The print editions of the Nestle-Aland Greek texts include a lot of helpful information that most electronic editions in Bible software do not include (it is available via Accordance). Students with print editions may need to be reminded of this, too, as it easy to forget, not least when first learning to navigate these critical editions.
I managed to neglect the introduction (to the UBS4) when I started my first year Greek course a little over a decade ago. How?! This was the first thing I read when the NA28 landed on my doorstep in late 2012, and it was quite helpful to orient me to changes/new features of the 28th edition.
If you have not read the introduction to your Greek text for a while—and certainly if never!—do it. Students, pastors, and scholars alike would do well to re-visit the intro year by year.
And those appendices—so much information is packed into these final pages. Important information about the manuscripts used in the edition, readings of minor variants, a list of citations and allusions the NT makes of earlier texts, and a more complete section on abbreviations.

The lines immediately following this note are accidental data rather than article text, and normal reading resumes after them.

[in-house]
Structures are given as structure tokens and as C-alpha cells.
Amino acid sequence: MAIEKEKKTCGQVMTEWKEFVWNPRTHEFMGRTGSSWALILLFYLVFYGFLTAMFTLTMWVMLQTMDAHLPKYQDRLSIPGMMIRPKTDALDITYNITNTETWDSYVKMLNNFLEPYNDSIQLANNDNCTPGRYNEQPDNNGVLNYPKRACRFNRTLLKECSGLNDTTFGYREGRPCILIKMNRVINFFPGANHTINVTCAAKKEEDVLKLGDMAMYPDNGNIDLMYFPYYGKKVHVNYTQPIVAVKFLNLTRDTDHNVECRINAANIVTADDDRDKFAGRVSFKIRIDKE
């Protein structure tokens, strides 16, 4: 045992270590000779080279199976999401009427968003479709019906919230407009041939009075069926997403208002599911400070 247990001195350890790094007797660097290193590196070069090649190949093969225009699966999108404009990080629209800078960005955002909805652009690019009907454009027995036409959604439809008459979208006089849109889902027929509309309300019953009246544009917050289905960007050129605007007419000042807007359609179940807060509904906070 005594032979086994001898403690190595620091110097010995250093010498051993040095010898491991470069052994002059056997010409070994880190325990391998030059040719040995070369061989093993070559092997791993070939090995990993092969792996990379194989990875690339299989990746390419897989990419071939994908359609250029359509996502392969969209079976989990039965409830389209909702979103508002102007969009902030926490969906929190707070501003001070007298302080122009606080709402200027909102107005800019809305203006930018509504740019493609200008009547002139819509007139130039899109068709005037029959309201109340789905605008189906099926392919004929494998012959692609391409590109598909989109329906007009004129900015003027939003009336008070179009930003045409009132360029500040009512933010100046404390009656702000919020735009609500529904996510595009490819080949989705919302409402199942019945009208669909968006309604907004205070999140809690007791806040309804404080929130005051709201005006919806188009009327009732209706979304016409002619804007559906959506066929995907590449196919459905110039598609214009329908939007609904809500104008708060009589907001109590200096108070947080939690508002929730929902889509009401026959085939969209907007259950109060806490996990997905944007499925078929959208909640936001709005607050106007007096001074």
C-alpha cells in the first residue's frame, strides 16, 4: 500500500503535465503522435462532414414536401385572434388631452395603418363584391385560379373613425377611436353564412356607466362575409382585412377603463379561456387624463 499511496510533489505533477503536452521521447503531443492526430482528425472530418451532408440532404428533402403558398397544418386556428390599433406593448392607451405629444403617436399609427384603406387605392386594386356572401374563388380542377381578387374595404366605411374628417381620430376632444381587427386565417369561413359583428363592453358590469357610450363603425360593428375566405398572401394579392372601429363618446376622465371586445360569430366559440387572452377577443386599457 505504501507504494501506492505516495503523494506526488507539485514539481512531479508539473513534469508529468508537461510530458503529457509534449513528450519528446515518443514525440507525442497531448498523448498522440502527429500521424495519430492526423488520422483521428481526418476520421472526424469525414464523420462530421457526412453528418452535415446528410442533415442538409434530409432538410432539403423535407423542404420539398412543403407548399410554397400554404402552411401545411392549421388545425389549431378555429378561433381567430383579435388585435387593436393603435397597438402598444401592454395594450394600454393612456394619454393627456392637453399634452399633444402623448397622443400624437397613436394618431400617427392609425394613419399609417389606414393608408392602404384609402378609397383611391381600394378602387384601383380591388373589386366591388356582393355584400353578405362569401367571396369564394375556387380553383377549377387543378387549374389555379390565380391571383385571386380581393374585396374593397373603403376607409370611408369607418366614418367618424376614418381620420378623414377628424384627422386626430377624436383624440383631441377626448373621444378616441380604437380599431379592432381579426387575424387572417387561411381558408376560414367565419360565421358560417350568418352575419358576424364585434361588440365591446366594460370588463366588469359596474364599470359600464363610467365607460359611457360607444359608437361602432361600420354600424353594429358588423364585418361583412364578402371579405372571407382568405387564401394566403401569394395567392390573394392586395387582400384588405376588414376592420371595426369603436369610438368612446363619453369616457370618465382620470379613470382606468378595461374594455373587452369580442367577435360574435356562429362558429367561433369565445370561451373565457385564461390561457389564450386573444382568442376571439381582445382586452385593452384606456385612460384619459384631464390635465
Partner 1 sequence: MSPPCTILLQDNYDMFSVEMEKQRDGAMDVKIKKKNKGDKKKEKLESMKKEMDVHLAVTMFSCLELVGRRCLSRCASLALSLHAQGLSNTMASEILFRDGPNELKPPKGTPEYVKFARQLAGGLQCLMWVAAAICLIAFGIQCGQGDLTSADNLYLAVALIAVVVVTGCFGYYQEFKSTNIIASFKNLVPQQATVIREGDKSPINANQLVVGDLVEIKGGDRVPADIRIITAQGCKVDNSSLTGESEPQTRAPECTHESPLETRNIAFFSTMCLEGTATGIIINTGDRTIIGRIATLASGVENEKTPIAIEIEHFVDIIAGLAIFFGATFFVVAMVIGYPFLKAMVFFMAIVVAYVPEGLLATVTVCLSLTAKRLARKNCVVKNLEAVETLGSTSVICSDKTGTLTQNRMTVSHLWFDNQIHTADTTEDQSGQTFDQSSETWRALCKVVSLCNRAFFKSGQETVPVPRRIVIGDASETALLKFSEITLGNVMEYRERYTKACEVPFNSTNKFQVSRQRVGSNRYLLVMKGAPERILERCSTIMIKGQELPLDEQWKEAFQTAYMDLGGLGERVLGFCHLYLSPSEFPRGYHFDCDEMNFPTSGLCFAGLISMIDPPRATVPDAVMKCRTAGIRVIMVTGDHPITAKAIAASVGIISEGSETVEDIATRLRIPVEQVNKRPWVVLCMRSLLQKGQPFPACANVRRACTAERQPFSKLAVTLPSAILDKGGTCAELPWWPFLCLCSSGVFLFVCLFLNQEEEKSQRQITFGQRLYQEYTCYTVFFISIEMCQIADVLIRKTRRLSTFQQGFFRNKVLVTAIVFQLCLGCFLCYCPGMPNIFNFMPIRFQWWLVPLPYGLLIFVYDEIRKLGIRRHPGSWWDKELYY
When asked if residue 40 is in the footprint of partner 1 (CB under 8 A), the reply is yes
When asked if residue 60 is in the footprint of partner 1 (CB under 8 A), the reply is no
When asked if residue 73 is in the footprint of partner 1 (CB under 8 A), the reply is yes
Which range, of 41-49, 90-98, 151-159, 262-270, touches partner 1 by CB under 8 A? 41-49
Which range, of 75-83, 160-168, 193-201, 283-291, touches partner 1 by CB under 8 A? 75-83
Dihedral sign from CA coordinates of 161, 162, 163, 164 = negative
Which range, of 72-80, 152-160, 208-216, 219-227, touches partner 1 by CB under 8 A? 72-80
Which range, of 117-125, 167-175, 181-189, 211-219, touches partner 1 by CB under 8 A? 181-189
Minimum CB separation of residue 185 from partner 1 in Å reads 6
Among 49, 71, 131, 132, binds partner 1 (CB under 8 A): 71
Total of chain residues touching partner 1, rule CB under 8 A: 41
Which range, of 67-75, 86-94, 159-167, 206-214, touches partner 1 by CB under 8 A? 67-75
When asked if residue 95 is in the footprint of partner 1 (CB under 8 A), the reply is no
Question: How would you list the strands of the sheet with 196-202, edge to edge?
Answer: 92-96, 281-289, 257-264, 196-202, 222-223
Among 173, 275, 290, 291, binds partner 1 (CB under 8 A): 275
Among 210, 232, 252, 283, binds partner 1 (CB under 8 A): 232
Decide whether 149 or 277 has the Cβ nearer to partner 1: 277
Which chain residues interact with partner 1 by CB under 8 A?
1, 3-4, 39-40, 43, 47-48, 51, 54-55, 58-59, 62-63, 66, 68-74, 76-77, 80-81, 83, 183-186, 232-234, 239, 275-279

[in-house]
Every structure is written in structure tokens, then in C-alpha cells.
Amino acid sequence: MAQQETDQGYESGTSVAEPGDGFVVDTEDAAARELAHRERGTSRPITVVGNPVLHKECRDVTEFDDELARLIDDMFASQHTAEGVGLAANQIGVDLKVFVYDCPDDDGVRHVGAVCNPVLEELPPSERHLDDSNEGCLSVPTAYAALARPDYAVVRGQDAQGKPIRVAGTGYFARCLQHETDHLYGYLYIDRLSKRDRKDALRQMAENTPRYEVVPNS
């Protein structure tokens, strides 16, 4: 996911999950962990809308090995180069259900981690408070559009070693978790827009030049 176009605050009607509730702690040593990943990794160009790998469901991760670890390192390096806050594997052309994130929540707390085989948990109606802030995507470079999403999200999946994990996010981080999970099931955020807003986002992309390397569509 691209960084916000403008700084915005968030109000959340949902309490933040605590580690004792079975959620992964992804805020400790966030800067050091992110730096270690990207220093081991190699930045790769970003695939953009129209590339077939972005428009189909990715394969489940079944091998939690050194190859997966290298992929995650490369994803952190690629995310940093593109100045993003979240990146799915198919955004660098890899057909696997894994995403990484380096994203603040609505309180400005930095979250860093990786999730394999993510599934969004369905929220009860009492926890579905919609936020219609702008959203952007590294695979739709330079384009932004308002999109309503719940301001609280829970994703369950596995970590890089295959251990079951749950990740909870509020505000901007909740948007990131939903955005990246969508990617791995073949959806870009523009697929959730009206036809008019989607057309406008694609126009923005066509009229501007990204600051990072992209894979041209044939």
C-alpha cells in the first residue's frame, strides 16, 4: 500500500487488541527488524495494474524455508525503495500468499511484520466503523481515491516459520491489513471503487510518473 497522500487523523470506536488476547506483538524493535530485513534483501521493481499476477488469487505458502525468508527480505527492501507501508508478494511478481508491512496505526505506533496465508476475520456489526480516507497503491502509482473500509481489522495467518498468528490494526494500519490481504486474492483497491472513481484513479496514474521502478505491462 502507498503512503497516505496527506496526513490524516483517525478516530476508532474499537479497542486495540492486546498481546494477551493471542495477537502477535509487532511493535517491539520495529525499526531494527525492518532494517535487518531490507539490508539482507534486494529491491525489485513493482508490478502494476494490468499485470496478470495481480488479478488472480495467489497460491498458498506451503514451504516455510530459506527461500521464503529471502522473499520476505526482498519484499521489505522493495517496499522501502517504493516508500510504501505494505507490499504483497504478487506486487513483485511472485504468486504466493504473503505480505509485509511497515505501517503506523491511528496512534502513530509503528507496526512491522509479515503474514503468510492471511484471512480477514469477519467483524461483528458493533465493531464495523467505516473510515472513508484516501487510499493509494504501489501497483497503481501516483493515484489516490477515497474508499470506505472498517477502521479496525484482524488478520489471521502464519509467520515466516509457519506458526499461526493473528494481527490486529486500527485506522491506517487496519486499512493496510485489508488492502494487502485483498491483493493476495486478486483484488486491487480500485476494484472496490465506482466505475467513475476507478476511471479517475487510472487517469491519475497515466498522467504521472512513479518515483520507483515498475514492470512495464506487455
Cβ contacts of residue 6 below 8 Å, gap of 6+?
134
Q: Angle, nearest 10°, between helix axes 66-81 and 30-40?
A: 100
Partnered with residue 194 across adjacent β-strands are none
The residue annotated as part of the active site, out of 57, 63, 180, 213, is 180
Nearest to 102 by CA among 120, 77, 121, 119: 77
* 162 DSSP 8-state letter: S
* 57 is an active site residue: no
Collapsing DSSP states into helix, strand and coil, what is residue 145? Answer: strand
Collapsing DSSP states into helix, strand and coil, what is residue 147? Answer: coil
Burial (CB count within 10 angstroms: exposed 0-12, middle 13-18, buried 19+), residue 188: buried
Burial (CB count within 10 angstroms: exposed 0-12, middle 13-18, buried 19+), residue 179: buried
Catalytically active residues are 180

Here is one example of how I use an appendix. I am reading through the LXX of Isaiah (for research I am doing in Luke), so I keep Appendix III—Loci Citati vel Allegati (Passages cited or alluded)—open, to observe where the editors believe the Gospels and Acts cite or allude to the passage in Isaiah I am reading.
For more on how to use the NA28, one could consider David Trobisch’s User’s Guide (though Dirk’s review makes me hesitate to recommend it). I have not used it myself and don’t plan to. But by all means, start with the introduction.
[…] Joshua L. Mann, Nestle-Aland Greek Texts: Use the Appendices […]
[…] In short, you will not find a more searchable, usable NA28 module on another software platform. And importantly, the Accordance version essentially includes everything the print edition has, including the introductions and appendices (I’ve written on the importance of the appendices elsewhere). […]